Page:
a. The team understands projects and processes in this final stage, providing added value.

    b. Present the business case.

    c. Obtain management consent and funding.

The planning phase aims to lay the groundwork by assessing existing knowledge, understanding its importance, and strategically planning for knowledge management. Identifying leads, preparing the organization, and presenting a comprehensive business case is integral to successful implementation.


Implementation Phase Objectives:

  1. Initiate the Project:

    a. Implementation methods vary based on project type.

    b. The article does not detail implementation, considering the late 1990s context with limited methodologies.

    c. Insights are drawn from lessons learned in previous launches.

  2. Provide Content and Process Support:

    a. Guiding principles:

    i. Face-to-face meetings are crucial.

    ii. Multiple sessions are necessary for effectiveness.

    iii. Investing in coordinators and functionaries proves worthwhile.

    iv. Prioritize achieving tangible and perceived results.

  3. Review and Study

  4. Achieve Measurable Results

The implementation phase involves initiating the project, offering content and process support with a focus on face-to-face interactions, and emphasizing the attainment of tangible and perceived results. The review and study phase is critical for assessing progress and making necessary adjustments.


Objectives for the Upgrade Phase:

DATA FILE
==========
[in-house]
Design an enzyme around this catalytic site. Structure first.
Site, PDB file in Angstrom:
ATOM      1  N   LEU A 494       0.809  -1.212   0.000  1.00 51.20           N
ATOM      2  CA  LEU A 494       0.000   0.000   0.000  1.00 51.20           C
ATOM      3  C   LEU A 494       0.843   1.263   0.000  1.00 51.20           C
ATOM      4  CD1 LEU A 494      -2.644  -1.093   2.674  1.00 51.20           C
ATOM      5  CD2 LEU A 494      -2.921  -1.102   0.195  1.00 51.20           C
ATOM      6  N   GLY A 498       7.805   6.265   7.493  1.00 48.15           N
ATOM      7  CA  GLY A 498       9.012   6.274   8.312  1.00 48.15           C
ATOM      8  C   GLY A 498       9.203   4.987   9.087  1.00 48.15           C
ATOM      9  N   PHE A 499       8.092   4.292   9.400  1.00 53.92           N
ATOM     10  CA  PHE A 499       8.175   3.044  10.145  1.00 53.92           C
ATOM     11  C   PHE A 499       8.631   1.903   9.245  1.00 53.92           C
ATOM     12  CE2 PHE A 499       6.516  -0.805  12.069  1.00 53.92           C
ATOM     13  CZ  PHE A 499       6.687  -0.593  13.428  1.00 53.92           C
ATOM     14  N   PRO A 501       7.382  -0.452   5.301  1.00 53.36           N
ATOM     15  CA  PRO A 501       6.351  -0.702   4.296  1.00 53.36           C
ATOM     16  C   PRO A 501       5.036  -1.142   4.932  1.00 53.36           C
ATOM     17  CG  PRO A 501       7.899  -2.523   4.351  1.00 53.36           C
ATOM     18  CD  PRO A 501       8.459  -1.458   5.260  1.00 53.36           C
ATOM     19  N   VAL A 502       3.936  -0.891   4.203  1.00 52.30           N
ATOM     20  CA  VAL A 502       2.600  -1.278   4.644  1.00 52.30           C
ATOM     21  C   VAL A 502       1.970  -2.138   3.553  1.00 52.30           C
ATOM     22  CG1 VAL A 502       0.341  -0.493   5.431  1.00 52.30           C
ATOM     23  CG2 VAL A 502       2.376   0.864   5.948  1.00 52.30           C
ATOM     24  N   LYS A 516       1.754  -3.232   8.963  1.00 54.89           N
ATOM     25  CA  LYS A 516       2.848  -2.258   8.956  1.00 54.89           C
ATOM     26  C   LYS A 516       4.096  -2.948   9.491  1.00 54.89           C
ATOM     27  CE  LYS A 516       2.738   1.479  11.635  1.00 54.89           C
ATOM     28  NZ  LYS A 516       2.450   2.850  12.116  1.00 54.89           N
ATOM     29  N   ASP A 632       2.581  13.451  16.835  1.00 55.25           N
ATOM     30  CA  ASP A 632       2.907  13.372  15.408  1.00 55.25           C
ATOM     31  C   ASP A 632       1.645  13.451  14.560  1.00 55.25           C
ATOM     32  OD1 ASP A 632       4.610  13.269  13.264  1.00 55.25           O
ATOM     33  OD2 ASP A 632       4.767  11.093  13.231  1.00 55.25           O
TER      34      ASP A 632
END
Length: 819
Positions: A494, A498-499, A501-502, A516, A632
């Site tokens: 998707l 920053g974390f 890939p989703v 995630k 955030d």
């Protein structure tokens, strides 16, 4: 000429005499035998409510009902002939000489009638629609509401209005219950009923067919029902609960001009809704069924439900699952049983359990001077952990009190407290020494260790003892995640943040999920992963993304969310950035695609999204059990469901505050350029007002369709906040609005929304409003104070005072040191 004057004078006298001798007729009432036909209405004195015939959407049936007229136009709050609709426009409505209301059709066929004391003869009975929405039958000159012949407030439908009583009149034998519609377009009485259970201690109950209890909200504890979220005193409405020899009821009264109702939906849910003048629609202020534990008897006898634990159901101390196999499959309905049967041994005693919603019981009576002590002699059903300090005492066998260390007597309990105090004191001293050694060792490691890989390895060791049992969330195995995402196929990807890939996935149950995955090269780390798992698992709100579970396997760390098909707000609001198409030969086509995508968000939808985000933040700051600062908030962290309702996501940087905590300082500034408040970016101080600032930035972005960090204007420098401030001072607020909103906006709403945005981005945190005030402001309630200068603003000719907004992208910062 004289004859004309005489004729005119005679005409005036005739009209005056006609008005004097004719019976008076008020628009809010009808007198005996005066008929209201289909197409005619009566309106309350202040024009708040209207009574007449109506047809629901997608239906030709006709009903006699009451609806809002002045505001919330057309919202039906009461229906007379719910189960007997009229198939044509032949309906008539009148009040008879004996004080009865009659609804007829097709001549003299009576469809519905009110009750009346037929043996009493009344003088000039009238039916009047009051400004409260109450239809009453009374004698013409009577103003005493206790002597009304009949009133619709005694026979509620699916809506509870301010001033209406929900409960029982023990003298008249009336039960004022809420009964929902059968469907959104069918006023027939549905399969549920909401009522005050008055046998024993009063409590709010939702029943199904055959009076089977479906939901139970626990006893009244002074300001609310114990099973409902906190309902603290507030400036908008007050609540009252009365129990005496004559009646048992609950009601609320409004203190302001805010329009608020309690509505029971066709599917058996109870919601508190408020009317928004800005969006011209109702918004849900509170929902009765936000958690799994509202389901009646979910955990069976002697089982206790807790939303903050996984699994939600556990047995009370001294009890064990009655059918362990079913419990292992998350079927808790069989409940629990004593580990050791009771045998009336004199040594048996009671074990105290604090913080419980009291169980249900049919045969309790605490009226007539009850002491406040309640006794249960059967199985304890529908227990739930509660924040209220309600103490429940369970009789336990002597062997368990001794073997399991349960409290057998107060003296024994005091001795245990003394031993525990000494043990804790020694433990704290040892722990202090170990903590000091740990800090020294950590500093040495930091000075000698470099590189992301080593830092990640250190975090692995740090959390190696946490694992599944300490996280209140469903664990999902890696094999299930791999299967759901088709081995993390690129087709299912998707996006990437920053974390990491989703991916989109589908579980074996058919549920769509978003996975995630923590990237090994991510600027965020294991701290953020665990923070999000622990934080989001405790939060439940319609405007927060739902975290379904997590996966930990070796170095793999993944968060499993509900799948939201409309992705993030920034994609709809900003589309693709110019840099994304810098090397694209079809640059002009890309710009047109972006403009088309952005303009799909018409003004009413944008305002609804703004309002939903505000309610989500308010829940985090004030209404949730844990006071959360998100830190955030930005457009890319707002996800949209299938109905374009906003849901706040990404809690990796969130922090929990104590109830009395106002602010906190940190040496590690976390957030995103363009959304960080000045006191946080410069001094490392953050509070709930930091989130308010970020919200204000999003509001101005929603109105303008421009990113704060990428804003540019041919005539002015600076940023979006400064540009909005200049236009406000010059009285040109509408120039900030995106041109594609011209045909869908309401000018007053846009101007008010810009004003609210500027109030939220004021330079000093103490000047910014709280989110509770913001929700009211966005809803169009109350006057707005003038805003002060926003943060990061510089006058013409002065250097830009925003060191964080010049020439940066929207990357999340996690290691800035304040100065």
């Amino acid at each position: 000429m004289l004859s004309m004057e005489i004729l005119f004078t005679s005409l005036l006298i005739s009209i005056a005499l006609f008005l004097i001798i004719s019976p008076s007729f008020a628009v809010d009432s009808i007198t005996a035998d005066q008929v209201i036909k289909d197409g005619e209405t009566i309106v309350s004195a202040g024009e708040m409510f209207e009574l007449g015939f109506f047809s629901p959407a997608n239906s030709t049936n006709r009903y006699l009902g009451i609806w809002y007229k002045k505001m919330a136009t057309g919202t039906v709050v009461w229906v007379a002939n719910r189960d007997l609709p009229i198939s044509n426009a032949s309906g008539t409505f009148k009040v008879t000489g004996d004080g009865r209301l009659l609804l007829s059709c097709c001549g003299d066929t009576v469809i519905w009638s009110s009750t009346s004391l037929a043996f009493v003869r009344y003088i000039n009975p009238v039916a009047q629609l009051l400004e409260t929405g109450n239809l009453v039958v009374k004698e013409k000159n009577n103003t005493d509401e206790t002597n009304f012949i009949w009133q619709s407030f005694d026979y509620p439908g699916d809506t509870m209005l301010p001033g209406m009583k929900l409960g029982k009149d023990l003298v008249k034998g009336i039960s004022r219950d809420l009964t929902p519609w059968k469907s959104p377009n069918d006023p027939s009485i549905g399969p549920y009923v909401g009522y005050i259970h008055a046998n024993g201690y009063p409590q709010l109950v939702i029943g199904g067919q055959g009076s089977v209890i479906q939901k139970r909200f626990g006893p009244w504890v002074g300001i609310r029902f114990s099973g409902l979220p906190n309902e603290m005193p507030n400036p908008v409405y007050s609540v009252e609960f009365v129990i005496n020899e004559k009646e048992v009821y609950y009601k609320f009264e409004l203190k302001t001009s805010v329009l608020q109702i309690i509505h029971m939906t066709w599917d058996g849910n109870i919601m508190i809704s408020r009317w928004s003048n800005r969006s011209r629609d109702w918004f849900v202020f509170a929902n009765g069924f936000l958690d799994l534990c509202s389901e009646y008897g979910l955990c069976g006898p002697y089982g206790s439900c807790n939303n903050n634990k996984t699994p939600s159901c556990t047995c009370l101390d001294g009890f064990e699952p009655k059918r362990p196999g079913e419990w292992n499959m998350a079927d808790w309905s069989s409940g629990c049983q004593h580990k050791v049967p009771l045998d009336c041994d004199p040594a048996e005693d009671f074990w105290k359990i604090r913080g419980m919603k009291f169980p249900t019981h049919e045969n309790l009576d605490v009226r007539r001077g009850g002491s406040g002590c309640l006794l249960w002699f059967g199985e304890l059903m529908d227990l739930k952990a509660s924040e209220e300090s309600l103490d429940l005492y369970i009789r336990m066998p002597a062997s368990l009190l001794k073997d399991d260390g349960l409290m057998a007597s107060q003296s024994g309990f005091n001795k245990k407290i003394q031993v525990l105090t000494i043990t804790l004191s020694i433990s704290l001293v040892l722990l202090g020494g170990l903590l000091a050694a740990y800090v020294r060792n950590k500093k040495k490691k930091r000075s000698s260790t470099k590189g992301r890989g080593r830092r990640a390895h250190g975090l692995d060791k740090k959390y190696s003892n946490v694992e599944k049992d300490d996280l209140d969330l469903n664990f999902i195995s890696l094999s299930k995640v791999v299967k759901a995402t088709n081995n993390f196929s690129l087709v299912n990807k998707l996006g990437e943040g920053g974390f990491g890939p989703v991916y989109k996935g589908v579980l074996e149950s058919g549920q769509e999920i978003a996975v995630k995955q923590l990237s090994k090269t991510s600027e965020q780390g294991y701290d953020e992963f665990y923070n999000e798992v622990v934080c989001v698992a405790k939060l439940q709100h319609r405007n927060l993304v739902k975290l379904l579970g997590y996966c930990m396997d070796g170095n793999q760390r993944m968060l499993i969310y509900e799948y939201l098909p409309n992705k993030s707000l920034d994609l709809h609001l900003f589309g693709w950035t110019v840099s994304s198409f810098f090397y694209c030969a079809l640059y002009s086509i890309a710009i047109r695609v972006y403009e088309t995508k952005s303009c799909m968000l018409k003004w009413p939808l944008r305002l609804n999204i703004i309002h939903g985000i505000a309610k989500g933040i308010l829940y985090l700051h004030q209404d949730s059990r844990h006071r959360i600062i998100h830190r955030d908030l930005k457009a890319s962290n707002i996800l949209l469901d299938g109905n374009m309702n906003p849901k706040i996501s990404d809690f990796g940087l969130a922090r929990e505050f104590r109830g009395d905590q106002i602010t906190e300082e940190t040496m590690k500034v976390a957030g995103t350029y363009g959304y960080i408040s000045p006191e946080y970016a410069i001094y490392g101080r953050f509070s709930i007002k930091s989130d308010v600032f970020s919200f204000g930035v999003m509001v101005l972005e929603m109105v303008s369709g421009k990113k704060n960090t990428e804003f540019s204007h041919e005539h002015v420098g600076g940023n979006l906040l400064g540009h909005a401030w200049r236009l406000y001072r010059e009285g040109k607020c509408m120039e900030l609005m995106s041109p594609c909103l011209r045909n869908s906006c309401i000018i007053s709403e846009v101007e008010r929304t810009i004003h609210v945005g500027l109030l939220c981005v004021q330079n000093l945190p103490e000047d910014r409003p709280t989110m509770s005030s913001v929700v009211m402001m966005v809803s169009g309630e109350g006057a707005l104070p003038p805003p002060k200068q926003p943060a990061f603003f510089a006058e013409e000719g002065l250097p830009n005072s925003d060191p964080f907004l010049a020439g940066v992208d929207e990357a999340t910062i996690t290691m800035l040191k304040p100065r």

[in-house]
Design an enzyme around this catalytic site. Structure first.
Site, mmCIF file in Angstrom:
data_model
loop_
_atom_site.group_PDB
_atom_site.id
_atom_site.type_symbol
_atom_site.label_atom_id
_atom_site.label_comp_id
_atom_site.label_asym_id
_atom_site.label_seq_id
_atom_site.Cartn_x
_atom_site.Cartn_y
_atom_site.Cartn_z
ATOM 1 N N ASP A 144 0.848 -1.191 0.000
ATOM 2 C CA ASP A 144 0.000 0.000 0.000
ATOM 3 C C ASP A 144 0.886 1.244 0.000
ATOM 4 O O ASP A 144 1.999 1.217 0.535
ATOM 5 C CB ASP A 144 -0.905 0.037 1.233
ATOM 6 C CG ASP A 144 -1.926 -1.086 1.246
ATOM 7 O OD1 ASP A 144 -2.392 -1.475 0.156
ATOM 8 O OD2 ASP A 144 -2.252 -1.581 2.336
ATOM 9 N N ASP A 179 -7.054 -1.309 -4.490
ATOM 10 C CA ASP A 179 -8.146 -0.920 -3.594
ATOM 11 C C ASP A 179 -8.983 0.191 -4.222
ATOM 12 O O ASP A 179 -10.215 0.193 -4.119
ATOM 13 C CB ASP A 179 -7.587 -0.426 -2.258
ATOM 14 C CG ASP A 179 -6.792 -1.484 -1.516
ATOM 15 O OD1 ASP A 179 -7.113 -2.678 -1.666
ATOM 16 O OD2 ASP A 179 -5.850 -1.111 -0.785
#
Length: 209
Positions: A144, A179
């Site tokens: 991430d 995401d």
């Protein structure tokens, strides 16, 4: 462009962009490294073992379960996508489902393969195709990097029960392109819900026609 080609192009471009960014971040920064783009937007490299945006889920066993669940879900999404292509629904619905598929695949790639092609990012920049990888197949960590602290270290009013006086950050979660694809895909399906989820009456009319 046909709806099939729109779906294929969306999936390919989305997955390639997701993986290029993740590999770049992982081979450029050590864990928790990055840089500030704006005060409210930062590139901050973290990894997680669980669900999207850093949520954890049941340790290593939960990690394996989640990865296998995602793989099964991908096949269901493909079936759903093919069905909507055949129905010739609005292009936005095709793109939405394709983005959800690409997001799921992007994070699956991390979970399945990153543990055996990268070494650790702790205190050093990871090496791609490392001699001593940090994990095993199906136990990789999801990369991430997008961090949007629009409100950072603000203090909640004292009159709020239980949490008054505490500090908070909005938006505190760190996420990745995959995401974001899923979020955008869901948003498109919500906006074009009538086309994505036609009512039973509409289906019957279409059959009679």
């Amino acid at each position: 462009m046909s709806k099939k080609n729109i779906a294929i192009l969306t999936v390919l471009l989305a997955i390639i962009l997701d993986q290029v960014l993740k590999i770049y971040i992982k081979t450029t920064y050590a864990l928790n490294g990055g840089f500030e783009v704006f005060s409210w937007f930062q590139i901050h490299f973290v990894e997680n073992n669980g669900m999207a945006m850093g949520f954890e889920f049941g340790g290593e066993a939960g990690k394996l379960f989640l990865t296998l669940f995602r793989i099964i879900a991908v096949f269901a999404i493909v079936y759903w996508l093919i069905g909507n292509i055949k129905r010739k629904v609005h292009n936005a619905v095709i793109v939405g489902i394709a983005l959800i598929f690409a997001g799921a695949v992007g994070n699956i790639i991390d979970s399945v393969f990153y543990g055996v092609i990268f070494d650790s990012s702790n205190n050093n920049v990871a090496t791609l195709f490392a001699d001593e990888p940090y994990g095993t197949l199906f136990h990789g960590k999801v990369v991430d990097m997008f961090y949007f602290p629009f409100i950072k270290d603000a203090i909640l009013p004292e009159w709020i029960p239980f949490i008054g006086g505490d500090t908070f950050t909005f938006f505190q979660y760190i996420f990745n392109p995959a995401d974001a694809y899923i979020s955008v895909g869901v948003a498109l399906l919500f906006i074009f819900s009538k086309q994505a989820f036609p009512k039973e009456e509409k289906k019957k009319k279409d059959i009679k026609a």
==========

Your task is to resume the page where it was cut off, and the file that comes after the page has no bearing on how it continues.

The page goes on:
1. Compile Success Stories and Publish Initial Results:

    a. Document successful outcomes and share them to foster confidence and enthusiasm.

    b. Offer a concrete demonstration of the project's impact.

  2. Utilize Accumulated Knowledge for Improvement and Expansion:

    a. Apply insights gained from experience to enhance and broaden the initiative.

    b. Extend the project's scope based on the knowledge and lessons acquired.

  3. Establish a Supportive Organizational Process for Continuous Management:

    a. Develop a sustainable framework for continuous knowledge management.

    b. Implement processes to ensure the initiative's long-term success and seamless integration.

The upgrade phase aims to compile success stories, utilize accumulated knowledge for improvement and expansion, and establish a supportive organizational process for continuous management. This involves documenting outcomes, applying insights, and developing sustainable processes for long-term success.


Summary of Knowledge Management Principles:

While there is no concise summary of the expansive topic of knowledge management, the authors offer fundamental principles to remember on this enduring journey:

  1. Business values drive sharing values.

  2. Transfer of best practices is a promising knowledge management strategy.

  3. Integration of knowledge management into the organizational structure is crucial.

  4. Generous resource allocation for knowledge management is rare and tied to success.

  5. Proper organizational culture plays a critical role.

  6. Successful knowledge management combines the attraction and push of knowledge.

  7. Effective knowledge management doesn't solely rely on incentives.

  8. Management support is a necessity for long-term survival.

  9. Technology is a stimulant, but knowledge management is more than technology-driven.

  10. Mature knowledge management efforts evolve from an education concept to a measurement concept.

Hope you found this summary enjoyable and enlightening. If intrigued, consider exploring the book for a deeper understanding.